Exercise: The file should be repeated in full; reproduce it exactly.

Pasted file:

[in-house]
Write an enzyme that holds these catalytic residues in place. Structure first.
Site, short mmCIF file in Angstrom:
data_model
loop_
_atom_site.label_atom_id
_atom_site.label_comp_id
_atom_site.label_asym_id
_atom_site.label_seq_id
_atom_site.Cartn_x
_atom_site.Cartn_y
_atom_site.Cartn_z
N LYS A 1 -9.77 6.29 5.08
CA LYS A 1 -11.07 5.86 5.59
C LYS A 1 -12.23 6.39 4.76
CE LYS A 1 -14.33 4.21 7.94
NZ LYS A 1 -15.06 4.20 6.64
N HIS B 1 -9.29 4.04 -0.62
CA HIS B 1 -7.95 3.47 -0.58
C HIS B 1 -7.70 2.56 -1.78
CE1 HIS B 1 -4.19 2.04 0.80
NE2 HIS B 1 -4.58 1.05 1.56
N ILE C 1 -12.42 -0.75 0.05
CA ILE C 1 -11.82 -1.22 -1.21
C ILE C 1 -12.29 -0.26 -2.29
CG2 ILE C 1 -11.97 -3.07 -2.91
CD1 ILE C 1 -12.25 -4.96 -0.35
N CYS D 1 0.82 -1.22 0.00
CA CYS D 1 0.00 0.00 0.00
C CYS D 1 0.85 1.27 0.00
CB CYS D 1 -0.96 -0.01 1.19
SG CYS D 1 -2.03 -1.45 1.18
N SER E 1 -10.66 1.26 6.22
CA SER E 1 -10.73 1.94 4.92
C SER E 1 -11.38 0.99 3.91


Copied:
[in-house]
Write an enzyme that holds these catalytic residues in place. Structure first.
Site, short mmCIF file in Angstrom:
data_model
loop_
_atom_site.label_atom_id
_atom_site.label_comp_id
_atom_site.label_asym_id
_atom_site.label_seq_id
_atom_site.Cartn_x
_atom_site.Cartn_y
_atom_site.Cartn_z
N LYS A 1 -9.77 6.29 5.08
CA LYS A 1 -11.07 5.86 5.59
C LYS A 1 -12.23 6.39 4.76
CE LYS A 1 -14.33 4.21 7.94
NZ LYS A 1 -15.06 4.20 6.64
N HIS B 1 -9.29 4.04 -0.62
CA HIS B 1 -7.95 3.47 -0.58
C HIS B 1 -7.70 2.56 -1.78
CE1 HIS B 1 -4.19 2.04 0.80
NE2 HIS B 1 -4.58 1.05 1.56
N ILE C 1 -12.42 -0.75 0.05
CA ILE C 1 -11.82 -1.22 -1.21
C ILE C 1 -12.29 -0.26 -2.29
CG2 ILE C 1 -11.97 -3.07 -2.91
CD1 ILE C 1 -12.25 -4.96 -0.35
N CYS D 1 0.82 -1.22 0.00
CA CYS D 1 0.00 0.00 0.00
C CYS D 1 0.85 1.27 0.00
CB CYS D 1 -0.96 -0.01 1.19
SG CYS D 1 -2.03 -1.45 1.18
N SER E 1 -10.66 1.26 6.22
CA SER E 1 -10.73 1.94 4.92
C SER E 1 -11.38 0.99 3.91